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New chapter for Erasmus+ Master Loans: First university launches pilot scheme

The Erasmus+ Master Loans Guarantee scheme that launched end of 2015, is expanding further. This time round the scheme not only sees two new banks singing up for the guarantee, but also a first higher education institution joins in, with the University of Luxembourg taking initiative in a pilot, to offer student support in form of deferred payments for studies and housing.

Respectively, the new banks now signed up are - FutureFinance from Ireland, providing loans for in-and outgoing students of the UK, and Finansbank from Turkey, that support solely outgoing students. The Université du Luxembourg signing a guarantee agreement with the European Investment Fund (EIF) to launch an Erasmus+ pilot scheme to support postgraduates, opens a new chapter in the loan guarantee scheme. Up to EUR 5 million will be available to support around 300 incoming master students from all other 32 Erasmus+ programme countries, to take advantage of deferring payments for both learning and housing expenses. Students are expected to repay loans two years after graduation and the Erasmus+ programme will share part of the non-pay-back risk with the university.

The European Commission has also conducted survey among the first 85 beneficiaries to understand first impacts of the loans. With a response-rate of 52%, results at first glance are positive, although the rather small sample size and that respondents are limited to those benefitting in the context of Spain’s Microbank, leaves room for cautious interpretation of results. Findings include:

  • Without the loan guarantee 70% of respondents would not have been able to study for their Master abroad
  • Half of the students were the first to pursue higher education in their families and many reported their families had 'some difficulty in making ends meet'.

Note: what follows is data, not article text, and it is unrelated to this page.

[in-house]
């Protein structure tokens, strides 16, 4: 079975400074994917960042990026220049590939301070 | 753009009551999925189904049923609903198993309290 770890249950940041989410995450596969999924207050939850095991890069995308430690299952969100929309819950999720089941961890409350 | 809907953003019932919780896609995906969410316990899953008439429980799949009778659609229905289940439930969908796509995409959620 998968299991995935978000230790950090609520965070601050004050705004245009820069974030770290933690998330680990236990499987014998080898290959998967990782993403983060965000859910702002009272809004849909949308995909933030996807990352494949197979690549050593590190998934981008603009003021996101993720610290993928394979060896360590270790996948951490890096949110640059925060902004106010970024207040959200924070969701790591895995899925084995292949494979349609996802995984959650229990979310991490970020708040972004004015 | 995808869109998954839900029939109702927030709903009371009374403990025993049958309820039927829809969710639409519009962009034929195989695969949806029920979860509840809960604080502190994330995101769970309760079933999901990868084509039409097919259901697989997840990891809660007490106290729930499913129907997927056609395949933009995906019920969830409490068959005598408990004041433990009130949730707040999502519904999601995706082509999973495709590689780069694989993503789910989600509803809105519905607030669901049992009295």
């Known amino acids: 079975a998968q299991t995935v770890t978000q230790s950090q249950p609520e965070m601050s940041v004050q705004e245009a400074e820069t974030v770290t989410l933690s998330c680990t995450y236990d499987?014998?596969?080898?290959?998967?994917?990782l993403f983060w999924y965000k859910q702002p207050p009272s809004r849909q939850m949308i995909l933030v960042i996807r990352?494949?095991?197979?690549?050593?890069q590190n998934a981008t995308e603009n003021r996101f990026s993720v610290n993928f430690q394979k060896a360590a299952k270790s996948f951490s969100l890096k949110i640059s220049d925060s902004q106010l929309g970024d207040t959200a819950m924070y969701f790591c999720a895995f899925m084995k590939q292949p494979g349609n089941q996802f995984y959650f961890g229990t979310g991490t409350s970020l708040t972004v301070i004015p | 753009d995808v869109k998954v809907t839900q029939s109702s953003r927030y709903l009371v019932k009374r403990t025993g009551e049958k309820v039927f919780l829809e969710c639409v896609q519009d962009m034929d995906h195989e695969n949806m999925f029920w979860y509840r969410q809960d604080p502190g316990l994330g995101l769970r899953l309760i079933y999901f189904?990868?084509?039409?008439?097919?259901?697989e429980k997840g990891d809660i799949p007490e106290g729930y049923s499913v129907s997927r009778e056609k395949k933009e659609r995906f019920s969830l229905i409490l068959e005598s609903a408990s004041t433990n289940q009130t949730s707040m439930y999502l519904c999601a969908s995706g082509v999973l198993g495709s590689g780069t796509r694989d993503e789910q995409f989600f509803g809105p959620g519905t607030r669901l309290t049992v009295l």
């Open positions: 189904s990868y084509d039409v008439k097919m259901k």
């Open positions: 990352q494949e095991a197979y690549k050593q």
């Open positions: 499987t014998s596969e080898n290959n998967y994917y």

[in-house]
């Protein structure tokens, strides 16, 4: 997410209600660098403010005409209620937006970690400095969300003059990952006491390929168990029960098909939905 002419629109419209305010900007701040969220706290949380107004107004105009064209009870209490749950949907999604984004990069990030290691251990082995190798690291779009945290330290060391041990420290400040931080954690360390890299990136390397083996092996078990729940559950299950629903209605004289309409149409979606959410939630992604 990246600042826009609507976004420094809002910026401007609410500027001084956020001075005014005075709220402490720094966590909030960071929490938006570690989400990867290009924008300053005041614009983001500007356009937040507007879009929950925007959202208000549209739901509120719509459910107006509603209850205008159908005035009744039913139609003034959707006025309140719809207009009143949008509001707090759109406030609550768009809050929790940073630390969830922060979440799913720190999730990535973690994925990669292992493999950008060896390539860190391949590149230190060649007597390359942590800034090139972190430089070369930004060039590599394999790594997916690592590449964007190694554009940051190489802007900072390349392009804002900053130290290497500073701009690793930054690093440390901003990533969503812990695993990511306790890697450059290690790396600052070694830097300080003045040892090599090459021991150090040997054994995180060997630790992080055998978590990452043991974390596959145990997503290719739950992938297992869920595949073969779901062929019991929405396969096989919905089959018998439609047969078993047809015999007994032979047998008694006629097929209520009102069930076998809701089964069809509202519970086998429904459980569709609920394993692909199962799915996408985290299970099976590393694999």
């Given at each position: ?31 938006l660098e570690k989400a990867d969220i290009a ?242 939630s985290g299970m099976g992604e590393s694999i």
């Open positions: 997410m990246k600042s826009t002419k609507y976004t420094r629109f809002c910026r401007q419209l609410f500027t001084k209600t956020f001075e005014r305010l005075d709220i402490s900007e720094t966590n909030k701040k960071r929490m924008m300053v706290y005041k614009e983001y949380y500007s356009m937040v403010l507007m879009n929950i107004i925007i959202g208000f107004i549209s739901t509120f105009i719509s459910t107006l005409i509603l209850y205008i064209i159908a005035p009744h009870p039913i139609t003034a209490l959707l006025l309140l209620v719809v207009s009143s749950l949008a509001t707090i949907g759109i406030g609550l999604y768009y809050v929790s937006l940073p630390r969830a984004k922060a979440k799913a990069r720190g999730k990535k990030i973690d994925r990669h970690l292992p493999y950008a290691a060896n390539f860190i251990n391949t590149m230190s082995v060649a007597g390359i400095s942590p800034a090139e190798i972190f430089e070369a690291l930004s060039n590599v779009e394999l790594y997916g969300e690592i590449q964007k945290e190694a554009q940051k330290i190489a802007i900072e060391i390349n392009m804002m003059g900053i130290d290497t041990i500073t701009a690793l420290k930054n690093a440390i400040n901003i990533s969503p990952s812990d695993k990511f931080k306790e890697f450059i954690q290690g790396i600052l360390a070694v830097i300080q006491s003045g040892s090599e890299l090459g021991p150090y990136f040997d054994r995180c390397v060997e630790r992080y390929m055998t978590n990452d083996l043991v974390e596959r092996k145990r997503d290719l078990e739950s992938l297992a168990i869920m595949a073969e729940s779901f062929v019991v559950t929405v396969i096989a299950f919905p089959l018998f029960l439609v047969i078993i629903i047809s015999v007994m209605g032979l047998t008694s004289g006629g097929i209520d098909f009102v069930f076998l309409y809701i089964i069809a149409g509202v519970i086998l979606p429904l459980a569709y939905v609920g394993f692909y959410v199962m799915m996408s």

• 70% of respondents were moderately to very satisfied (16% dissatisfied), with repayment conditions and approval procedures that lasted 1-2 weeks on average rated positively
  • A desire to borrow a higher amount was reflected by 55% of respondents, and 45% were satisfied with the funding level. This may indicate the balance on ceilings is reasonably well struck in the scheme.

In total over 150 million EURO is available now in loans for students from the 33 Erasmus+ Programme Countries.  A first university joining in is an important new dimension to the scheme and the European Commission is keen for more institutions or university networks to commit to such direct 'material support', and simultaneously benefit from the EU guarantee against student default on repayment. The two new banks, following first adopter Spain and France launching access last summer, slowly bring closer the target of around 25 banks committing to the guarantee scheme by 2020, and to increase coverage for greater numbers of nationally-diverse students to benefit from non-discriminatory and affordable loans.

Erasmus+ - Press release